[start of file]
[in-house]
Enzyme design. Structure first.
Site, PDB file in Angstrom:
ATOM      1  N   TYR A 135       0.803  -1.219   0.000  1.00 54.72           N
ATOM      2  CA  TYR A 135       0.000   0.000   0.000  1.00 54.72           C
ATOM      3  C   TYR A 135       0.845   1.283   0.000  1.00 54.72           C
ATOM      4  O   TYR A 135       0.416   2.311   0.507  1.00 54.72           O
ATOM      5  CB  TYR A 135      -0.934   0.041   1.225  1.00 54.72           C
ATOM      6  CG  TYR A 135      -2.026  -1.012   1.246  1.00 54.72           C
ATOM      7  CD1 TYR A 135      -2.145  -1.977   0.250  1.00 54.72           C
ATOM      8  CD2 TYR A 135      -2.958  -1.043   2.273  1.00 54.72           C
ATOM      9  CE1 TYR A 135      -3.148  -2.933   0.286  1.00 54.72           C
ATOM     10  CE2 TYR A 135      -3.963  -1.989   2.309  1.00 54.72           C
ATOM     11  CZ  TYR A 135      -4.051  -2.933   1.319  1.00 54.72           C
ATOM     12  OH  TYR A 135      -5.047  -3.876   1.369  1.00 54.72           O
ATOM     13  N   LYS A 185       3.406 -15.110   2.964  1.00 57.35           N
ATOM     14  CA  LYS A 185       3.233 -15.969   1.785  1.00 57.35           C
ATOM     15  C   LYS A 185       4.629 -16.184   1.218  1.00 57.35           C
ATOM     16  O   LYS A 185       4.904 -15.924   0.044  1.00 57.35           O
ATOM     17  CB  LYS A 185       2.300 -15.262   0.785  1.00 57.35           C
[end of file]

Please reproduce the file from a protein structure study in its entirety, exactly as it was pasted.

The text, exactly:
[in-house]
Enzyme design. Structure first.
Site, PDB file in Angstrom:
ATOM      1  N   TYR A 135       0.803  -1.219   0.000  1.00 54.72           N
ATOM      2  CA  TYR A 135       0.000   0.000   0.000  1.00 54.72           C
ATOM      3  C   TYR A 135       0.845   1.283   0.000  1.00 54.72           C
ATOM      4  O   TYR A 135       0.416   2.311   0.507  1.00 54.72           O
ATOM      5  CB  TYR A 135      -0.934   0.041   1.225  1.00 54.72           C
ATOM      6  CG  TYR A 135      -2.026  -1.012   1.246  1.00 54.72           C
ATOM      7  CD1 TYR A 135      -2.145  -1.977   0.250  1.00 54.72           C
ATOM      8  CD2 TYR A 135      -2.958  -1.043   2.273  1.00 54.72           C
ATOM      9  CE1 TYR A 135      -3.148  -2.933   0.286  1.00 54.72           C
ATOM     10  CE2 TYR A 135      -3.963  -1.989   2.309  1.00 54.72           C
ATOM     11  CZ  TYR A 135      -4.051  -2.933   1.319  1.00 54.72           C
ATOM     12  OH  TYR A 135      -5.047  -3.876   1.369  1.00 54.72           O
ATOM     13  N   LYS A 185       3.406 -15.110   2.964  1.00 57.35           N
ATOM     14  CA  LYS A 185       3.233 -15.969   1.785  1.00 57.35           C
ATOM     15  C   LYS A 185       4.629 -16.184   1.218  1.00 57.35           C
ATOM     16  O   LYS A 185       4.904 -15.924   0.044  1.00 57.35           O
ATOM     17  CB  LYS A 185       2.300 -15.262   0.785  1.00 57.35           C